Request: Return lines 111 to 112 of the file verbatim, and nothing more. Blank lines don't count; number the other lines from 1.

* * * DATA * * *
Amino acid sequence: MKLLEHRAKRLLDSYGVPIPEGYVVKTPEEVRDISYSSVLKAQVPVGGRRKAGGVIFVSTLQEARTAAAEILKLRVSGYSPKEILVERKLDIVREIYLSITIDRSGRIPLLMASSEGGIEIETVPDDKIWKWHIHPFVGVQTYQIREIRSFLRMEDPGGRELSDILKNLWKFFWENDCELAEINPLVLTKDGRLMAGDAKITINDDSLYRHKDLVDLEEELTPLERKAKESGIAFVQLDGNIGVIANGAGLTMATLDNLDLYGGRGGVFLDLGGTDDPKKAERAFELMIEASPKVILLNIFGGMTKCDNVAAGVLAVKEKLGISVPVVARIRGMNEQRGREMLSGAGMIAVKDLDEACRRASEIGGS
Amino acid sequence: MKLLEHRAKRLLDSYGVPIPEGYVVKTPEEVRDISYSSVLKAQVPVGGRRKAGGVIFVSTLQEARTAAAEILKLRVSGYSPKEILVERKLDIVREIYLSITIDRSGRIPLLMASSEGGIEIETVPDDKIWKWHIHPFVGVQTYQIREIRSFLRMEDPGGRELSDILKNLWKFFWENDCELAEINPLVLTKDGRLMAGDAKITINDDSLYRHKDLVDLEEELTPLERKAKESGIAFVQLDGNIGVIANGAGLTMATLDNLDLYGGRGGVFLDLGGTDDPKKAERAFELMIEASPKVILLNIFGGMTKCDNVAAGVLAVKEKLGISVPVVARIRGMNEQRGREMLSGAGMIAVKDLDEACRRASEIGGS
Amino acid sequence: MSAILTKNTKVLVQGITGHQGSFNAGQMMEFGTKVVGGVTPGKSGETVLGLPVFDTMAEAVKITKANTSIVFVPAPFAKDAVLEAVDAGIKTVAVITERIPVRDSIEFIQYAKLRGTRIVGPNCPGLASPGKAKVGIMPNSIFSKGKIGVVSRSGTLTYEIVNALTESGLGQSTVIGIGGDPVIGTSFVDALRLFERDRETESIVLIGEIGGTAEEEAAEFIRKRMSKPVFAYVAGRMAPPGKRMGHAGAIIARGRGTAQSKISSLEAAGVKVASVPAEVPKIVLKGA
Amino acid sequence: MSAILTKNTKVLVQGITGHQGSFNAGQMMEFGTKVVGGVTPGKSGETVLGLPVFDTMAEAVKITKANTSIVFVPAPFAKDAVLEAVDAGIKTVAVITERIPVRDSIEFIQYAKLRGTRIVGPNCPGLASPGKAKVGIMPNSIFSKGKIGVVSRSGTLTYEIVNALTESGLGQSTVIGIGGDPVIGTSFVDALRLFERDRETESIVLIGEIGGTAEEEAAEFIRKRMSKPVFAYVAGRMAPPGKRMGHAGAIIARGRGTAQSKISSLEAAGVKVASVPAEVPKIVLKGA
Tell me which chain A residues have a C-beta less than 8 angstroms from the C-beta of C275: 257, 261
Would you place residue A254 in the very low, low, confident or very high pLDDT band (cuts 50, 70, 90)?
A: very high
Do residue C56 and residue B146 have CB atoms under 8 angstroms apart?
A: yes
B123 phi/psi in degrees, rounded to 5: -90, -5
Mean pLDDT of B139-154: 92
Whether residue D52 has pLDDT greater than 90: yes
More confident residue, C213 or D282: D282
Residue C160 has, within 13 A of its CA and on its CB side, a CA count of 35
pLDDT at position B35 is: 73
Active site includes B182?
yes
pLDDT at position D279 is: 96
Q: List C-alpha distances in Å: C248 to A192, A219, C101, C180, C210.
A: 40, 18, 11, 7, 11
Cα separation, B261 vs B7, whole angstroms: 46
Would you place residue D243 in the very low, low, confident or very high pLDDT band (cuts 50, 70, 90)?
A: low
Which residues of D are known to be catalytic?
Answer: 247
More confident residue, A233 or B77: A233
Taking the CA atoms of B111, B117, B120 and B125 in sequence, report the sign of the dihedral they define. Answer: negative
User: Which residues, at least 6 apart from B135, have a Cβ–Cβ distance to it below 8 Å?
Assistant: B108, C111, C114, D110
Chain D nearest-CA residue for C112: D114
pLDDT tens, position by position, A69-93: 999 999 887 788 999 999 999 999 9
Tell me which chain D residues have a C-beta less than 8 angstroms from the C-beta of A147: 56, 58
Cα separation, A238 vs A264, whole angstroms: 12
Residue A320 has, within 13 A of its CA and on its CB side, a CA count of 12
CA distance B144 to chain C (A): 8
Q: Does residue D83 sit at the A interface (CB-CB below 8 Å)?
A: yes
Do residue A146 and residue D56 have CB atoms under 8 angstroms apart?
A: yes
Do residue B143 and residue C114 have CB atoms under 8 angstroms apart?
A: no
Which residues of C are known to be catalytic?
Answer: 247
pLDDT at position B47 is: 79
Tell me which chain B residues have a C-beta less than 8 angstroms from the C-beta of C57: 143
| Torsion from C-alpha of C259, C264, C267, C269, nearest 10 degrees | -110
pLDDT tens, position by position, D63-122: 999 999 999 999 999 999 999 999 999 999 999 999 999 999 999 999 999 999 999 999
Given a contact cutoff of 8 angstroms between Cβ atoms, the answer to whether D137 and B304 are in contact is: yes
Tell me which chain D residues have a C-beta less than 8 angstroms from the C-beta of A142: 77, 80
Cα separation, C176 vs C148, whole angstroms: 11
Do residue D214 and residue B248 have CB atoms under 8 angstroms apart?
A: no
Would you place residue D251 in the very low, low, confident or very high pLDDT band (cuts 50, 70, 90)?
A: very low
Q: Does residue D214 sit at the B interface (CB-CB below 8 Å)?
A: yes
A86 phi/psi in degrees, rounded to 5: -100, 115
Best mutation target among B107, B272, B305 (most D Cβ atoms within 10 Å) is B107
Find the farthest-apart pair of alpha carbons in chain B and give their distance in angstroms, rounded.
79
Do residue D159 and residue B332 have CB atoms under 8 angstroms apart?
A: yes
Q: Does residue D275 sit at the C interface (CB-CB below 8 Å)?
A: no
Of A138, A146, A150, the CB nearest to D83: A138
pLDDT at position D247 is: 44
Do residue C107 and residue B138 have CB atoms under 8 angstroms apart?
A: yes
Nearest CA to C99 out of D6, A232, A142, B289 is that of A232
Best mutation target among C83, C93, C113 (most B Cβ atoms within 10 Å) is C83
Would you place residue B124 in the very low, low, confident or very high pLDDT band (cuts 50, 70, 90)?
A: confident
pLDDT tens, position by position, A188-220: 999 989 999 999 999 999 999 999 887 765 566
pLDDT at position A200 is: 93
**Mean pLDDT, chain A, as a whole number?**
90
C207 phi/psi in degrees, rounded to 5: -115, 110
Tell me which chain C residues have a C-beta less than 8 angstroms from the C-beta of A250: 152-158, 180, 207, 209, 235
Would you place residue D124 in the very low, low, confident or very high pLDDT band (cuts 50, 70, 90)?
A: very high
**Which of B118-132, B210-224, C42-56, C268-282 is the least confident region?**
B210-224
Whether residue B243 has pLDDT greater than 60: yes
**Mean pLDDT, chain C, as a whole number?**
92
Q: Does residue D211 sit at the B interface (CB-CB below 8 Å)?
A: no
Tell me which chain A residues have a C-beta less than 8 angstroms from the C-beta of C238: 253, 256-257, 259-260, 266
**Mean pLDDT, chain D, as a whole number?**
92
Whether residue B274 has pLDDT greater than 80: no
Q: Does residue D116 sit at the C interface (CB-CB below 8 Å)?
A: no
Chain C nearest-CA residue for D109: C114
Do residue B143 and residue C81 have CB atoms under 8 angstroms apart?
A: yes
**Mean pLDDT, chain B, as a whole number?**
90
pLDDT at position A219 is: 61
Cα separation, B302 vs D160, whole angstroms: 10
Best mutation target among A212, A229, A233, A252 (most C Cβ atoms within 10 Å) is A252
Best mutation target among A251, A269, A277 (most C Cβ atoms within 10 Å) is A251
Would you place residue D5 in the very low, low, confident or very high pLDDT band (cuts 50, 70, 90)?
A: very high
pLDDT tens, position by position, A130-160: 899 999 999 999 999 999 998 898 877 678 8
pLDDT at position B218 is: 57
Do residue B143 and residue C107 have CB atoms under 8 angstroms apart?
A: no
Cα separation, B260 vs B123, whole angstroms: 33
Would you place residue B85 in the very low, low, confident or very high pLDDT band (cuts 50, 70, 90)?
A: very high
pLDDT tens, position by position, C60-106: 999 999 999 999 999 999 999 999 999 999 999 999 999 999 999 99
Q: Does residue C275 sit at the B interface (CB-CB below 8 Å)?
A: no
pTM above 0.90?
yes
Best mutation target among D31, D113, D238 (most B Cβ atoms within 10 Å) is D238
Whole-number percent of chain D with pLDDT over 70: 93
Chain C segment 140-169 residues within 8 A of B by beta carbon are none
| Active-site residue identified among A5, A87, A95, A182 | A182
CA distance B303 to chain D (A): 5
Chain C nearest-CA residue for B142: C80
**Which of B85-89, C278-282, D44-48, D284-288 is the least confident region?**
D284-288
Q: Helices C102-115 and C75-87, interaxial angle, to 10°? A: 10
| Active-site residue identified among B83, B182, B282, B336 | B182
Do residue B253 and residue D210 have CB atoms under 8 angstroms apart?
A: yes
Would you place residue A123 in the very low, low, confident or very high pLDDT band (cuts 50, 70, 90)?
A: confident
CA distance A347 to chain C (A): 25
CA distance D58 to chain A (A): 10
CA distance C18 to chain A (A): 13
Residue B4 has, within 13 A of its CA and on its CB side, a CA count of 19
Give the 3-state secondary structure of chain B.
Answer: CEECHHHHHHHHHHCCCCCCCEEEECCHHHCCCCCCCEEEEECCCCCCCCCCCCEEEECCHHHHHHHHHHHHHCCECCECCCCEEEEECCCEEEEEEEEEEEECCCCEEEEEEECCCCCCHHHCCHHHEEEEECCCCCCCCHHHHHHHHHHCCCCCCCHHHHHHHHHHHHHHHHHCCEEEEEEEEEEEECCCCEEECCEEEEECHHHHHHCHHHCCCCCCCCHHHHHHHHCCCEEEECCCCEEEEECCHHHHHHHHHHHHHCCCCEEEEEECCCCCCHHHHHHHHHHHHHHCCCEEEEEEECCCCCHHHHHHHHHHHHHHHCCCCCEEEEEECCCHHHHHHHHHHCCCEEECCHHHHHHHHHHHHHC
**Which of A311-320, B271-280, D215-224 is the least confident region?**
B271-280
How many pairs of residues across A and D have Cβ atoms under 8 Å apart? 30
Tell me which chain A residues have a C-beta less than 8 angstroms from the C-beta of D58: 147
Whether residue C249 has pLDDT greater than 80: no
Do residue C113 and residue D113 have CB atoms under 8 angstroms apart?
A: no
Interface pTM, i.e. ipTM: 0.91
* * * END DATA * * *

A: very high
pLDDT tens, position by position, C60-106: 999 999 999 999 999 999 999 999 999 999 999 999 999 999 999 99